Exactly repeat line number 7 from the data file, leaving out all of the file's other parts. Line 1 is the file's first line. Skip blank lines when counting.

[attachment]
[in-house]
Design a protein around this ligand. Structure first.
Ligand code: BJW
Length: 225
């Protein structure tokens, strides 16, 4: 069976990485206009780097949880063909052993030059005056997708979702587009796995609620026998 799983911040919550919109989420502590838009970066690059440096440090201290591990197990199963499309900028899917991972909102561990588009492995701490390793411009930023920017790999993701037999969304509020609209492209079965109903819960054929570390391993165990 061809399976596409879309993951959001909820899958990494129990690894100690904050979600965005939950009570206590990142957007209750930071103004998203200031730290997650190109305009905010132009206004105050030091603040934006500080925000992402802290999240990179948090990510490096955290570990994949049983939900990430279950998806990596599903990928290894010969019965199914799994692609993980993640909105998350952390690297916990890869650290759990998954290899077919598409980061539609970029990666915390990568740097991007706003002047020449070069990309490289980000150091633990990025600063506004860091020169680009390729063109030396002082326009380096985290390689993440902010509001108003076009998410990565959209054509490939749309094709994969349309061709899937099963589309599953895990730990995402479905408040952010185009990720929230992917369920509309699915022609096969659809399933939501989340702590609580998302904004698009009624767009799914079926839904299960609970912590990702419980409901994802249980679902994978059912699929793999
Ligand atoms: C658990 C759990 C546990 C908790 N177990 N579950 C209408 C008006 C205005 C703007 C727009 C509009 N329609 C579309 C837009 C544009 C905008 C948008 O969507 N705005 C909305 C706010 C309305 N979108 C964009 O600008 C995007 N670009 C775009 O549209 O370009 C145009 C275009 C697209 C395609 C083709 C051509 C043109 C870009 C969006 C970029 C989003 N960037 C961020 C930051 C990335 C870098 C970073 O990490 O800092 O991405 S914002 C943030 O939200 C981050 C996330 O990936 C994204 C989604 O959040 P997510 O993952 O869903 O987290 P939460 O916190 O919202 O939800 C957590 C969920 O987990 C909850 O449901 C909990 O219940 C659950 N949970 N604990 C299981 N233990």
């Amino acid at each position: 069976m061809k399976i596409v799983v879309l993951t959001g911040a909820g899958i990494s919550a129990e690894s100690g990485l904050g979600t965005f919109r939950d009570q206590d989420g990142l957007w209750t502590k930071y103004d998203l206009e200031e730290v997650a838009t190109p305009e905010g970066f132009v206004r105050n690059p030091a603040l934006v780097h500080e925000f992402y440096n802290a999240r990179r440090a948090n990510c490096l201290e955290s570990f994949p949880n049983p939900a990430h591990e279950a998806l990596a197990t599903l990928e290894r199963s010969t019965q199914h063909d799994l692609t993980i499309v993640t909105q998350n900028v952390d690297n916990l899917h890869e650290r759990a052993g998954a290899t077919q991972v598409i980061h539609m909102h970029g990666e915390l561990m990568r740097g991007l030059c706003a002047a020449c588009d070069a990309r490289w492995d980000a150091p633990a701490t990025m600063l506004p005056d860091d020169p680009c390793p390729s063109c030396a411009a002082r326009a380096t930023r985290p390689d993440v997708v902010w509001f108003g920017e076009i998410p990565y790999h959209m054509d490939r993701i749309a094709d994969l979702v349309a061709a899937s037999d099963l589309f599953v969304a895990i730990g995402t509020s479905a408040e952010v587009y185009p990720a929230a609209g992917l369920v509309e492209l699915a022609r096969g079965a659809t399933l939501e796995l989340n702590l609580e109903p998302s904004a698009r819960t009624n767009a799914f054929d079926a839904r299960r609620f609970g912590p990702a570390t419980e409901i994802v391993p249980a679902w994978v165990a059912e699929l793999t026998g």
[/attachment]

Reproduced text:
């Amino acid at each position: 069976m061809k399976i596409v799983v879309l993951t959001g911040a909820g899958i990494s919550a129990e690894s100690g990485l904050g979600t965005f919109r939950d009570q206590d989420g990142l957007w209750t502590k930071y103004d998203l206009e200031e730290v997650a838009t190109p305009e905010g970066f132009v206004r105050n690059p030091a603040l934006v780097h500080e925000f992402y440096n802290a999240r990179r440090a948090n990510c490096l201290e955290s570990f994949p949880n049983p939900a990430h591990e279950a998806l990596a197990t599903l990928e290894r199963s010969t019965q199914h063909d799994l692609t993980i499309v993640t909105q998350n900028v952390d690297n916990l899917h890869e650290r759990a052993g998954a290899t077919q991972v598409i980061h539609m909102h970029g990666e915390l561990m990568r740097g991007l030059c706003a002047a020449c588009d070069a990309r490289w492995d980000a150091p633990a701490t990025m600063l506004p005056d860091d020169p680009c390793p390729s063109c030396a411009a002082r326009a380096t930023r985290p390689d993440v997708v902010w509001f108003g920017e076009i998410p990565y790999h959209m054509d490939r993701i749309a094709d994969l979702v349309a061709a899937s037999d099963l589309f599953v969304a895990i730990g995402t509020s479905a408040e952010v587009y185009p990720a929230a609209g992917l369920v509309e492209l699915a022609r096969g079965a659809t399933l939501e796995l989340n702590l609580e109903p998302s904004a698009r819960t009624n767009a799914f054929d079926a839904r299960r609620f609970g912590p990702a570390t419980e409901i994802v391993p249980a679902w994978v165990a059912e699929l793999t026998g």